By Indiewire | Indiewire August 23, 2000 at 2:0AM
TORONTO 2000: 25th Toronto Fest Announces Lineup: Bigger, Longer and Uncut
by Anthony Kaufman
25th Toronto International Film Festival Lineup:
25th Anniv || Beckett on Film || Open Vault || Contemporary World Cinema || Dialogues || Discovery || Galas || Masters || Midnight Madness|| Perspective Canada || Planet Africa || Preludes || Real to Reel || Robert Beavers || Special Presentations || Year 1
(indieWIRE/8.23.00) -- Toronto's quarter-centennial celebration
promises premiere parties a plenty, with a record 178 world and
North American openings. Tuesday at Toronto's Windsor Arms Hotel,
Festival director Piers Handling announced the complete lineup of
the mega-fest, complete with a lovely cake topped with chocolate
icing shaped into the number "25."
The festival opens with Canadian director Denys Arcand's "Stardom" on
September 7 and closes on the 16th with the world premiere of "How to
Kill Your Neighbor's Dog," writer-director Michael Kalesniko's comedy
about a playwright fallen on hard times, starring Kenneth Branagh,
Robin Wright-Penn, and Lynn Redgrave. In between, a record-breaking
329 films will screen (ten up from last year), from 56 countries
(four more than 1999), selected from 1,832 submissions worldwide
(roughly 250 more than the previous year). Bigger is apparently
better, in Toronto, where it's hard to make heads or tails of the
hundreds of films screening in all 15 programs.
The complete lineup of the glitzy gala section offers several
world premieres beyond the ones already announced, including Aussie
director Rob Sitch's "The Dish," starring Sam Neill and Patrick Warburton, music video director Jonathan Glazer's "Sexy Beast," Julien Temple's "Pandaemonium," about the tempestuous relationship between William Wordsworth and Samuel Taylor Coleridge, the long-awaited return of Kathryn
Bigelow with "Weight of Water," starring Sean Penn, Elizabeth Hurley, and Sarah Polley, and Hollywood entry, "Men of Honor," the true-life story of the Navy's first African American master diver.
Special Presentations include never-before-seen films from Joel
Schumacher, ("Tigerland"), Al Pacino, ("Chinese Coffee"), Francois
Ozon ("Sous Le Sable") and Michael Radford ("Dancing at the Blue
Iguana" which stars Daryl Hannah, Sandra Oh and Jennifer Tilly as exotic dancers). The section also includes the world premiere
of Bernard Rose's Hi-Def DV-shot "IvansXTC. (To Live and Die in
Hollywood)," a modernized retelling of Tolstoy's "The Death of
Ivan Ilych," which is being screened using special High Definition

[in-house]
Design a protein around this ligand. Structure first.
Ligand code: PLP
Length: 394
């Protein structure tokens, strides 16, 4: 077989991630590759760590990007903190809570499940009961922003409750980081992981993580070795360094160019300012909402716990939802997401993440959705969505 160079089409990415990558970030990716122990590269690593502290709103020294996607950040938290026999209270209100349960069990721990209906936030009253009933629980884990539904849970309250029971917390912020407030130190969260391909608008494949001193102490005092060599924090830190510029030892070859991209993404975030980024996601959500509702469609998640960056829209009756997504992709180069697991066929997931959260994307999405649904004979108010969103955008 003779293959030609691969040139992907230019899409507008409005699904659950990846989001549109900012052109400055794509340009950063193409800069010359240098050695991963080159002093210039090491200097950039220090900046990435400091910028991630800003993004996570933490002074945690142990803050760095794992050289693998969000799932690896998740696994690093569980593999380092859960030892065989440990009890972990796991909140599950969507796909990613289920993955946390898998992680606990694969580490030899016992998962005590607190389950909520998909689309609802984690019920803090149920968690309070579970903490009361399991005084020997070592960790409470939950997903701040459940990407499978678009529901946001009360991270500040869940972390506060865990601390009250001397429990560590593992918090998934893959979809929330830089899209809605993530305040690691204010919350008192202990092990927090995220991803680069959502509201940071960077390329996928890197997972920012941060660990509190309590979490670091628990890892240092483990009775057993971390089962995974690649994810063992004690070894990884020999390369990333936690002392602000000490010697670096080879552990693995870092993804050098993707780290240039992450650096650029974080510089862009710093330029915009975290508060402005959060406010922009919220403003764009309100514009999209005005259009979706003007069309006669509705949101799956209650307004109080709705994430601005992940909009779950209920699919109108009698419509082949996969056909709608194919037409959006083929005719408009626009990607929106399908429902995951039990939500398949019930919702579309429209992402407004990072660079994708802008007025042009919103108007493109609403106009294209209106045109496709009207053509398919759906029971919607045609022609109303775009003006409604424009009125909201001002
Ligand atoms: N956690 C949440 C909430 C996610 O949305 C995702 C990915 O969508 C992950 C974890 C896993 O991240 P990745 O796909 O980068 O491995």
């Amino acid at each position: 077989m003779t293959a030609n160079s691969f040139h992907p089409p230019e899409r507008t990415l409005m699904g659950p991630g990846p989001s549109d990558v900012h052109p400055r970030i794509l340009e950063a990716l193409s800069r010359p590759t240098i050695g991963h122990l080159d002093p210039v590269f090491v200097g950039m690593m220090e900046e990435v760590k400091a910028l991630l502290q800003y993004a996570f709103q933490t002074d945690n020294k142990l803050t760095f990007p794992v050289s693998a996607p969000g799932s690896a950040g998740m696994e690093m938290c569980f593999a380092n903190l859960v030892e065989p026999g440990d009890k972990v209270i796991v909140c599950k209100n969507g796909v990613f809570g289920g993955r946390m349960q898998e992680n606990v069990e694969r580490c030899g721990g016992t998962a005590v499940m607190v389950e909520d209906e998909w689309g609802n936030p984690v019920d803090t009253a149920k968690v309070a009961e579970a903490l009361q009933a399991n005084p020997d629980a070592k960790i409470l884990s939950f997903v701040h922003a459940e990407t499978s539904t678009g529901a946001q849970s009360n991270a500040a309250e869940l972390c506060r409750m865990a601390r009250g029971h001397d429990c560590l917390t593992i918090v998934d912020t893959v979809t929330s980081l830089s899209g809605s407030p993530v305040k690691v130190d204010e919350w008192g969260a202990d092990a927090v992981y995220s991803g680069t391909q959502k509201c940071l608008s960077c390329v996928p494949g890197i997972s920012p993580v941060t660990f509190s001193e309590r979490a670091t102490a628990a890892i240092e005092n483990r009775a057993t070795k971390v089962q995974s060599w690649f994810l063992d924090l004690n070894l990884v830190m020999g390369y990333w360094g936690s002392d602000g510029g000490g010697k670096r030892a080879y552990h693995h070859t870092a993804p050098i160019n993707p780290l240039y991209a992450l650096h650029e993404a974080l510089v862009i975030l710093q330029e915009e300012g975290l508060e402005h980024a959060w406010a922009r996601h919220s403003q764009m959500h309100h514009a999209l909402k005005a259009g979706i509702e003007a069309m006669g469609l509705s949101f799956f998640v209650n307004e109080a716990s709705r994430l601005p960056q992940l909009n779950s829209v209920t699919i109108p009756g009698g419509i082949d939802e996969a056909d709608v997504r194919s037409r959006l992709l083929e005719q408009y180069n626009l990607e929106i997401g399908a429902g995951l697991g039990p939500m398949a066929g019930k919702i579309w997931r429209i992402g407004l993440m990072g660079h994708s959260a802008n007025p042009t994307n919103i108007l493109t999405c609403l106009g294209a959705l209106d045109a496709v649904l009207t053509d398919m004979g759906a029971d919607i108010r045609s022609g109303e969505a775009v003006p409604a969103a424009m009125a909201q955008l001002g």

This year's Masters and Contemporary World Cinema selections
represent a who's who of international cinema, with already
well-respected or hotly-anticipated new works by Raoul Ruiz,
Claude Chabrol, Edward Yang, Arturo Ripstein, Bela Tarr, Roy
Guerra, Takeshi Kitano, Im Kwontaek, Barbara Kopple, Ken Loach,
Volker Schlöndorff, Chantal Akerman, Nagisa Oshima, Tran Anh Hung,
Jafar Panahi, Fruit Chan, Darren Aronofsky, Christopher Nolan,
Shirley Barrett, Tony Gatlif, and many more.
In contrast to the tried and true work of returning auteurs, a
series of untested films can be found in the Discovery sidebar,
which boasts nine world and ten North American premieres, including several
films by women directors: the controversial French entry, "Baise-Moi," from
Virginie Despentes and Coralie Trinh Thi; Dario kin Asia Argento's "Scarlet
Diva," Sophie Fillières' "AE," Anne-Sophie Birot's "Les Filles Ne Savent Pas Nager," Esther Gronenbom's "Alaska.de," Artistic License head Sandy Zeig's "The Girl," Mia Trachinger's LAIFF entry "Bunny," and Catherine Jelski's "The Young Unknowns," about the dysfunction of L.A. society.
Other U.S. films making their debut include Bryan Johnson's
"Vulgar," co-produced by Kevin Smith and Scott Mosier, and Ross
Partridge's murder mystery "Interstate 84," while remaining
English-language films include Jamie Thraves' "The Low Down"
(UK), Belinda Chayko's "City Loop" (Australia) and Dudi Appleton's
"The Most Fertile Man in Ireland," about a 24-year-old virgin
with the highest sperm count in the land (Ireland).
Discovery films additionally highlighted by the festival include
Japanese-director Masato Ishioka's "Scout Man" in which women
are recruited for the adult video industry, and Andreas Struck's
"Chill Out," about three strangers who live together in reunified Berlin.
While difficult to catch amidst all the stargazing, party-going
and acquisition activity, documentary films include noted Spanish
director Fernando Trueba's Latin jazz tribute "Calle 54," Kim
Longinotto's "Gaea Girls," about Japanese women's wrestling,
Daphne Pinkerson and "Slam" director Marc Levin's "Soldiers in
the Army of God," about a 19-year-old anti-abortionist, the
return of Beth B. with "Breathe in/Breathe Out" about three
Vietnam veterans, and Chris Marker's portrait of Andrej
Tarkovsky, among others.
Giving a nod to digital filmmaking, Piers Handling stated,
"It is important to be at the forefront of the digital revolution
because some very important filmmakers are turning to this format."
Six features and nine shorts will be projected on video. Except
for "IvansXTC," DV films appear exclusively in the documentary
and Canadian sidebars.
Additional programs at the fest include Beckett on Film, also
screening in Venice, where several noted filmmakers adapted the
famous playwrights' works to the screen, from Atom Egoyan to
David Mamet to Anthony Minghella. A tribute to Stephen Frears
is also on tap, along with a screening of Sergei Eisenstein's
1938 silent classic "Alexander Nevsky" accompanied by the Toronto
Symphony, and a spotlight on the work of avant-garde filmmaker
Robert Beavers. [Anthony Kaufman]
[indieWIRE will be On the Scene at the 2000 Toronto International
Film Festival offering comprehensive daily coverage of the event.]